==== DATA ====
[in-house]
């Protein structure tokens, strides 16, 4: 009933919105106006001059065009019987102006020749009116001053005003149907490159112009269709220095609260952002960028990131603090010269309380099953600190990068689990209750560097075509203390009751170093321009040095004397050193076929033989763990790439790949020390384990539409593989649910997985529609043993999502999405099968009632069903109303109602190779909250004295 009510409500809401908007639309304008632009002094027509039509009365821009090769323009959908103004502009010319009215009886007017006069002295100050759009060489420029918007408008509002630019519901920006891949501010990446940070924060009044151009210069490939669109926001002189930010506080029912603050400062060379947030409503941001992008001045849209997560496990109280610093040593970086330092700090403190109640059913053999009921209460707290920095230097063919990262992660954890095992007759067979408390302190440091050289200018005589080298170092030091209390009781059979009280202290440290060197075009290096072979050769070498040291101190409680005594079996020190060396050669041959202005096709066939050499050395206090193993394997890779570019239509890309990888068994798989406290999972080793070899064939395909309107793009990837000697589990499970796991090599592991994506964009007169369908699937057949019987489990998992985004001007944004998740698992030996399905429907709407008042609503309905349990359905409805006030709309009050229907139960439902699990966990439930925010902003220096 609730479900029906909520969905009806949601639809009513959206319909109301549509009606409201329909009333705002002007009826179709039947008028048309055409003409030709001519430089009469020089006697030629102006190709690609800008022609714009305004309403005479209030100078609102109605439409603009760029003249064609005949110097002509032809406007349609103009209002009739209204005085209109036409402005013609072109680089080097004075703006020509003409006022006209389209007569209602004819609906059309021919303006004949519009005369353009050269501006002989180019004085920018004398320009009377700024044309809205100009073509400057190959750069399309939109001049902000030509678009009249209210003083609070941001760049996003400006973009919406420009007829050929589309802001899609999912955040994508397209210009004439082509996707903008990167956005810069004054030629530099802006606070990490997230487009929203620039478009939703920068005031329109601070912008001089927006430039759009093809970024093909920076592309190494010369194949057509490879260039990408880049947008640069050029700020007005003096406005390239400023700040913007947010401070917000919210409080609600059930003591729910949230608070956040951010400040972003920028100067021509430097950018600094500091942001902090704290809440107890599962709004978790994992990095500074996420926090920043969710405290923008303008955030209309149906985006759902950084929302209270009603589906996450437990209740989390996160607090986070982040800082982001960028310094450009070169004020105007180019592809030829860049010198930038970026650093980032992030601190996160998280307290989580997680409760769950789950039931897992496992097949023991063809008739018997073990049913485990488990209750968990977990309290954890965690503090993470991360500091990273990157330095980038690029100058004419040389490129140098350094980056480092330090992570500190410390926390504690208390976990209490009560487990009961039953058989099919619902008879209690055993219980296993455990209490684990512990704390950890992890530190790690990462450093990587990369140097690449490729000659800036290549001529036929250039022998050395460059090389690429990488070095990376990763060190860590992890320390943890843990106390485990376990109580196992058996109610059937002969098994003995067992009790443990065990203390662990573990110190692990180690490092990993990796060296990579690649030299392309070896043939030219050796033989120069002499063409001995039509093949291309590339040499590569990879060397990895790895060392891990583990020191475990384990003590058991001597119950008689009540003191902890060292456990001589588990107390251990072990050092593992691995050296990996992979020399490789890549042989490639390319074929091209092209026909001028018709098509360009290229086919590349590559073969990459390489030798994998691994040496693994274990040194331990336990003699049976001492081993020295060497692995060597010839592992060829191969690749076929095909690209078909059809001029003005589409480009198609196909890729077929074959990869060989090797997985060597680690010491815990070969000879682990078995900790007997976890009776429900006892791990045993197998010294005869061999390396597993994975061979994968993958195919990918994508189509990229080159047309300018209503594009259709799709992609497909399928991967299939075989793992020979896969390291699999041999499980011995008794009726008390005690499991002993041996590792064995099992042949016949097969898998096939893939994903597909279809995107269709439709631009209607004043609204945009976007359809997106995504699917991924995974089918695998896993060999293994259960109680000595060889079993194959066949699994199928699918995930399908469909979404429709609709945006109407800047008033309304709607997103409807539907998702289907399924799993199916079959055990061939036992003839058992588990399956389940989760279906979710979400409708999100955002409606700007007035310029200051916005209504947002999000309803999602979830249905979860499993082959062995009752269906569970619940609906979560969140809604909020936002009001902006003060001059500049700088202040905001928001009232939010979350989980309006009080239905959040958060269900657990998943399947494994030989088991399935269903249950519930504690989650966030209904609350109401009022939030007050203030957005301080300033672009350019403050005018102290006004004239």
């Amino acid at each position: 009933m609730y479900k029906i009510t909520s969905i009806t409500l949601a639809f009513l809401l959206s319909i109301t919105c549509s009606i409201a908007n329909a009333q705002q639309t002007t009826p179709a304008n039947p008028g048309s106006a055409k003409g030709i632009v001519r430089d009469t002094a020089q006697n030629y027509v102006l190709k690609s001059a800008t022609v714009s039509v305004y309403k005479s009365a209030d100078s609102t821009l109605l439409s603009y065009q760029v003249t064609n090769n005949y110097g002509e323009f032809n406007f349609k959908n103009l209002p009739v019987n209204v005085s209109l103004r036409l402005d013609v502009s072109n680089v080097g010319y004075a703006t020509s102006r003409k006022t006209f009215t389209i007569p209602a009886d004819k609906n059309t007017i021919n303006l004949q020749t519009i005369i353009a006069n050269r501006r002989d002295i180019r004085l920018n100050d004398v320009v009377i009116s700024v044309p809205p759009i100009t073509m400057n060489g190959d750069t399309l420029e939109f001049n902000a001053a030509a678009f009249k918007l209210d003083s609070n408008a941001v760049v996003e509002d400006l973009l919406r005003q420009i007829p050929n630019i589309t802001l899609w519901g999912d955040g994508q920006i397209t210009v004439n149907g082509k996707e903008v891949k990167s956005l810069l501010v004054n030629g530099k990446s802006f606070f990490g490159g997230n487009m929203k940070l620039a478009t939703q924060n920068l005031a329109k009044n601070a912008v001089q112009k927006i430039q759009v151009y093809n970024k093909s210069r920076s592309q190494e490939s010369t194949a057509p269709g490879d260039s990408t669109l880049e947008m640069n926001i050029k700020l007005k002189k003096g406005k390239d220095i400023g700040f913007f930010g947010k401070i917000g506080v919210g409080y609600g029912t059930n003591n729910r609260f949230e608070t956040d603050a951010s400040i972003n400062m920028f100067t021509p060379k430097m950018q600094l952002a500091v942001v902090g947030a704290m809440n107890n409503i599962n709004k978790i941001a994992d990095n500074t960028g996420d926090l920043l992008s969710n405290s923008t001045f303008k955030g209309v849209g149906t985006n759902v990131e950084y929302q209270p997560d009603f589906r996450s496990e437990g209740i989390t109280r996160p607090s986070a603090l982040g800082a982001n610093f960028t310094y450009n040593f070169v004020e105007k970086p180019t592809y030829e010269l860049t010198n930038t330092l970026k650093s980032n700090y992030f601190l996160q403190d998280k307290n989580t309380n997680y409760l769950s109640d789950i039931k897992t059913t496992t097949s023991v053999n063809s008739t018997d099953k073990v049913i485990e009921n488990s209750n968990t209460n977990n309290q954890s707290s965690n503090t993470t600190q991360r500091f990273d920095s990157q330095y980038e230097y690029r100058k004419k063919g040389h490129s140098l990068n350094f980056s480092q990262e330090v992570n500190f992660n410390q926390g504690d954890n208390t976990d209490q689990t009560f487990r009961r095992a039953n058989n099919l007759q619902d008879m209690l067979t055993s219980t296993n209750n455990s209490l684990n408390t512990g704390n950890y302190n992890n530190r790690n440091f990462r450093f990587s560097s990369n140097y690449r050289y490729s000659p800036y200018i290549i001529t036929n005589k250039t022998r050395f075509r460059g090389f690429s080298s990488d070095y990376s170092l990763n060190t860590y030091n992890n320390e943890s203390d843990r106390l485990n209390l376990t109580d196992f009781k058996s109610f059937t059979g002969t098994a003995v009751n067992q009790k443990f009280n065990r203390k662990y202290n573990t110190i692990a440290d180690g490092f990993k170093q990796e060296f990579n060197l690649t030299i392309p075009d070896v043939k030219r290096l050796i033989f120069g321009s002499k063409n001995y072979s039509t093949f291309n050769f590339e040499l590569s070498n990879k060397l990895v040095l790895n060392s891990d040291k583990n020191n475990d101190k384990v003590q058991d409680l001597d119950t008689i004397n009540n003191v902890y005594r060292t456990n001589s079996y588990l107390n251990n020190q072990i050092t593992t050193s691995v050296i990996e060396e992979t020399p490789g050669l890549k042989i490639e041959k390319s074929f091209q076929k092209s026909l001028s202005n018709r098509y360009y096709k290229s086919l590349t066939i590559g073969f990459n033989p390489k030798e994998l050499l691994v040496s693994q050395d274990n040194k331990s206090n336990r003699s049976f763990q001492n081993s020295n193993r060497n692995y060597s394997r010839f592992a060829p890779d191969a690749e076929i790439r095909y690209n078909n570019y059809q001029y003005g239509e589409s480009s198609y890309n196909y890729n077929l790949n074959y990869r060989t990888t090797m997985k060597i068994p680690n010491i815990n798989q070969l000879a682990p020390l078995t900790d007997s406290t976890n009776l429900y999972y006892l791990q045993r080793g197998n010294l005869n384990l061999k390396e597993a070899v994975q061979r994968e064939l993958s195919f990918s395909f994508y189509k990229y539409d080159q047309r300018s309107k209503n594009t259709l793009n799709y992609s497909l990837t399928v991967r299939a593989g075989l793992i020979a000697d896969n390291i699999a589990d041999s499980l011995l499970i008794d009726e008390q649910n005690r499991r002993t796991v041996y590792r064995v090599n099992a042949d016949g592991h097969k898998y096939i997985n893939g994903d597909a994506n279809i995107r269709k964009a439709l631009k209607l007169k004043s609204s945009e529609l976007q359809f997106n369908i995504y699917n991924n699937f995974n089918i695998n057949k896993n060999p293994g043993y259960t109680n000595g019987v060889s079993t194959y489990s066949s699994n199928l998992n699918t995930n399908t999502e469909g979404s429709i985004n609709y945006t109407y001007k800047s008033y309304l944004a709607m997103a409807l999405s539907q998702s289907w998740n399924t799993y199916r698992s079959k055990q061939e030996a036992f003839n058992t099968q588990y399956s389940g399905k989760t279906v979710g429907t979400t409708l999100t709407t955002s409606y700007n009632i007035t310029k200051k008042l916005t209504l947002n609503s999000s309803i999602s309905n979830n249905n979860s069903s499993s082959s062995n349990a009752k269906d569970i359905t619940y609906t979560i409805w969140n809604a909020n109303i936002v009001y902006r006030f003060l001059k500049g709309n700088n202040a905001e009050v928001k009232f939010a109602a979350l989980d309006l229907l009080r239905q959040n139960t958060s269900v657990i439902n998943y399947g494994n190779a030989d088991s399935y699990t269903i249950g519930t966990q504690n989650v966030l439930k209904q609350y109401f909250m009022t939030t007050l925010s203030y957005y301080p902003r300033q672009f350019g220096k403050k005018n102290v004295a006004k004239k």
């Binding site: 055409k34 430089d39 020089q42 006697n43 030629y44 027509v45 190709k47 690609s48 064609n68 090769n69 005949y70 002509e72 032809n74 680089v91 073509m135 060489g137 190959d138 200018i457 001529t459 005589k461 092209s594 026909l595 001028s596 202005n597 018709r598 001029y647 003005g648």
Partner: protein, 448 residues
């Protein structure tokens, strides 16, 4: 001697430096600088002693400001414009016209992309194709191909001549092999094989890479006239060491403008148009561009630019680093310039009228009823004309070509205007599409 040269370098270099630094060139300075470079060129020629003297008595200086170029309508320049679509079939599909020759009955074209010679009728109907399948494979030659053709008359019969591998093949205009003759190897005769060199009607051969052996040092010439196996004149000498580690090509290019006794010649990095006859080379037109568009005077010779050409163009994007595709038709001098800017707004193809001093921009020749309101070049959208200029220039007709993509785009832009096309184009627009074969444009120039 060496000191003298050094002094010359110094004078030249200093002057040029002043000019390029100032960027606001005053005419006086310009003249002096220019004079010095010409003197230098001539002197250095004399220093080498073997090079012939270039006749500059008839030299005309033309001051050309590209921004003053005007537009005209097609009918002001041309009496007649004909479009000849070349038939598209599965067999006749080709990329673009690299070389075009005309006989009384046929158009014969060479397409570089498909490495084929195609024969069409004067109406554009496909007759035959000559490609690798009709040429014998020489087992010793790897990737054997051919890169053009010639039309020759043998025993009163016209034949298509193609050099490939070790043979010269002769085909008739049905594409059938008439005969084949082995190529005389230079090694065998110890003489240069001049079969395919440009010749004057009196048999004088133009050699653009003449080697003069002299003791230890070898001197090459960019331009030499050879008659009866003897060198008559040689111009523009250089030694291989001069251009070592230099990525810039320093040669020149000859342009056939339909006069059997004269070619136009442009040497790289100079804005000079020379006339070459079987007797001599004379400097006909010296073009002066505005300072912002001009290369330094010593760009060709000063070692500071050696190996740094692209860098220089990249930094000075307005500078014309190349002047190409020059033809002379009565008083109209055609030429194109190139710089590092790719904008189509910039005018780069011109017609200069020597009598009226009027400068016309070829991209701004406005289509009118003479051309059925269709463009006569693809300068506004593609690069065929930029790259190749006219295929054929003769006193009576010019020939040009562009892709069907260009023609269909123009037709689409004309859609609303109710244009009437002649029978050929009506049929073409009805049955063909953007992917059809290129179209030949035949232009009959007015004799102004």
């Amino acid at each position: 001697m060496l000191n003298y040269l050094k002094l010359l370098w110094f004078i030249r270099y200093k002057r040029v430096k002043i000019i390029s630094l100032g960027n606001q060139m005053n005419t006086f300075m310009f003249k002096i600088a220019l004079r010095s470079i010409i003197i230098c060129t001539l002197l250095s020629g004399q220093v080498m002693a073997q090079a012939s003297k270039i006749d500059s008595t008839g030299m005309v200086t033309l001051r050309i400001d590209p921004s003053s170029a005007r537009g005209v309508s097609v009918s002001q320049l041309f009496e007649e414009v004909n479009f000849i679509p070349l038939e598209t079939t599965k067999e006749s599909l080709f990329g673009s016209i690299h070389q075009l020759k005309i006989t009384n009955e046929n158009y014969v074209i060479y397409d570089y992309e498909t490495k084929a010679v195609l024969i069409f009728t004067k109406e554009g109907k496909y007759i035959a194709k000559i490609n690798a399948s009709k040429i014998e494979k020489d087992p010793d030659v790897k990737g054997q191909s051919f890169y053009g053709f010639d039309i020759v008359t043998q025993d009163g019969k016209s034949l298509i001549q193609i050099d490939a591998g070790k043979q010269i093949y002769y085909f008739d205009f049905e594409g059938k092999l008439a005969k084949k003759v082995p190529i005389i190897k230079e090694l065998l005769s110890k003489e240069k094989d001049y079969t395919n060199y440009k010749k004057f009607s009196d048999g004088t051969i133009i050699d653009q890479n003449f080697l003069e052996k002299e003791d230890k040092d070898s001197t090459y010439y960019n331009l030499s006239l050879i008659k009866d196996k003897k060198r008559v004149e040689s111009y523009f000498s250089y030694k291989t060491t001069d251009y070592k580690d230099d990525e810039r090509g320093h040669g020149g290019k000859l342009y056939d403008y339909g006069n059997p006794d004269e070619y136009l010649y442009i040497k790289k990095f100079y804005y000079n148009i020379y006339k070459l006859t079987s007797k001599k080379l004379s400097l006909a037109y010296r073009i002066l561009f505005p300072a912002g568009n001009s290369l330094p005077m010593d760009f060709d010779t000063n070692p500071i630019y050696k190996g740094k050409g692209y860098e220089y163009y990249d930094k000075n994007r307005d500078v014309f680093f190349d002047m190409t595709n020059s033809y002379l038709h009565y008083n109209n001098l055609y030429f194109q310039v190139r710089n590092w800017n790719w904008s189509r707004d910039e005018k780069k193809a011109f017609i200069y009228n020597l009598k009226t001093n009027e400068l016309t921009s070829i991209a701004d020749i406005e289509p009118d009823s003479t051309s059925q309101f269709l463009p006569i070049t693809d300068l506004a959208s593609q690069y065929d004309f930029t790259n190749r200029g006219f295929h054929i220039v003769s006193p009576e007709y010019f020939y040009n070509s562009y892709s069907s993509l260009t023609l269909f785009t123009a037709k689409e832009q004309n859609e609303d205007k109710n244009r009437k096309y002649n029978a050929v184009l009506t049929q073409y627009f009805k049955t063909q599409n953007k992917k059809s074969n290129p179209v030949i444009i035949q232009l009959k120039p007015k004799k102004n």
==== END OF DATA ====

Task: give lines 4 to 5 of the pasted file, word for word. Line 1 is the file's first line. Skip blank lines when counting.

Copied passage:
């Binding site: 055409k34 430089d39 020089q42 006697n43 030629y44 027509v45 190709k47 690609s48 064609n68 090769n69 005949y70 002509e72 032809n74 680089v91 073509m135 060489g137 190959d138 200018i457 001529t459 005589k461 092209s594 026909l595 001028s596 202005n597 018709r598 001029y647 003005g648």
Partner: protein, 448 residues